He’s a Juilliard-trained dancer who spent more than a decade touring the world as a performer with New York’s Jennifer Muller/The Works. He’s an acclaimed teacher on the UCSB faculty and an award-winning choreographer. He’s a visual artist who has exhibited paintings in solo and group shows. But one thing Christopher Pilafian never planned to be was an administrator. Now, with longtime UCSB director of dance Jerry Pearson stepping down, Pilafian is easing into new roles.
Given his abundant creativity and curiosity, it comes as no surprise that Pilafian has accepted three new titles simultaneously. A lecturer in the dance department since 1990, Pilafian now finds himself vice chair of theater and dance, director of dance, and director of Santa Barbara Dance Theatre (SBDT), the professional dance company housed at the university.
That’s a lot of change in a short period of time, but Pilafian’s taking a characteristically thoughtful approach to his new positions. “At first I thought, ‘I have to implement a new set of skills,’” he reflected recently, “and then I thought, ‘Why don’t I just try continuing to be me, and when challenges arise, meeting them?’”
One of the primary challenges he faces is leading SBDT into a new era. Founded as Repertory West in 1978 by professor emeritus Alice Condodina, the university-based company was renamed in 1991 when Pearson took the helm. Initially intended as a forum where faculty members could continue to develop as choreographers and performers, SBDT has evolved into Santa Barbara’s longest-running professional modern dance company, has taken on significant international touring, and has helped launch the careers of numerous dancers, many of whom are graduates of the UCSB dance department.
With Pearson’s departure, SBDT faces a new era, and not only in terms of artistic direction. Though UCSB provides rehearsal and performance space, SBDT has long been funded by private donors, and the continuation of such support will be vital to the company’s future. The change in leadership is also an opportunity to revisit both the purpose of a university-based company and the realities of operating a dance company in the 21st century.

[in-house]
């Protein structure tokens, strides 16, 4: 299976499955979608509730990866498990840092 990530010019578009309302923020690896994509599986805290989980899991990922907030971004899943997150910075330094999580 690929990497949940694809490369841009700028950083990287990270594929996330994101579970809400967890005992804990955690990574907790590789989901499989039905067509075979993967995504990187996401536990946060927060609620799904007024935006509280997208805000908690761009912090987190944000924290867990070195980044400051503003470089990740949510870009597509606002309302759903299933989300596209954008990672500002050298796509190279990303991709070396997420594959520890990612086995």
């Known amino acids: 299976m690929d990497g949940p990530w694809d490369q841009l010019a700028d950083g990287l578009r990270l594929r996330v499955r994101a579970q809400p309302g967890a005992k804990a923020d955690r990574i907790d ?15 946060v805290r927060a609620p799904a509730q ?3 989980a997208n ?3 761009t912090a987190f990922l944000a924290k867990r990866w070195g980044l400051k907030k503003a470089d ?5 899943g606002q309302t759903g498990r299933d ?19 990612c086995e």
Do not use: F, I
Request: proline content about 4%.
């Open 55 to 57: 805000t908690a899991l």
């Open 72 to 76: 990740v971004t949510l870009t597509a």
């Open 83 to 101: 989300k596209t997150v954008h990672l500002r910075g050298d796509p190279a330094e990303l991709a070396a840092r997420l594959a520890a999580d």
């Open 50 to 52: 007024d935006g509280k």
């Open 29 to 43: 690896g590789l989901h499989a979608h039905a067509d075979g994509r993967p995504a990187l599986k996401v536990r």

Pilafian’s got some exciting visions, but he’s starting small. In recent weeks, he has hired four dancers who will form the company’s core. Kyle Castillo, Monica Ford, Tracy Kofford, and Christina Sanchez are all highly trained, experienced performers — Sanchez has danced with Alvin Ailey American Dance Theater, while Kofford has performed with Jennifer Muller and is currently on the dance faculty at Santa Barbara City College. The company’s first public performance is scheduled for January 2013.
Ultimately, Pilafian envisions SBDT as a kind of experimental laboratory where faculty members and guest artists alike can generate new work.
“I’m interested in collaboration and synergy,” Pilafian explained, describing a vision in which SBDT becomes a hub for lighting designers, costumers, dramatists, and composers to bounce ideas off one another. “My view of any kind of group endeavor is that it’s optimized when the members of that group are each doing something they’re passionate about and that serves their own growth and the growth of the whole,” he explained.
Already, SBDT has hosted a collaborative dance-theater production by one of the department’s newest faculty members: Mira Kingsley’s Yes is a long time brought spoken word, song, dance, and theatrical staging to the Hatlen Theatre last fall. If that show is anything to go on, SBDT audiences can look forward to more inventive, cutting-edge shows being produced and performed at UCSB in the future.
In the meantime, Pilafian continues to teach technique classes and participate in the life of the dance department — one of the strongest within the UC system — while his new role as vice chair is introducing him to circles within the larger university. There, as in his own department, Pilafian’s vision is one of collaboration, growth, and possibility. “The university is populated by interesting people who think about reality in such different ways,” he noted. “It’s a gathering of people who have commitment, integrity, and insightful minds. It’s a system that holds the intention of supporting and furthering people in their professions — including a great range of idiosyncrasies. That’s the kind of world I want to live in.”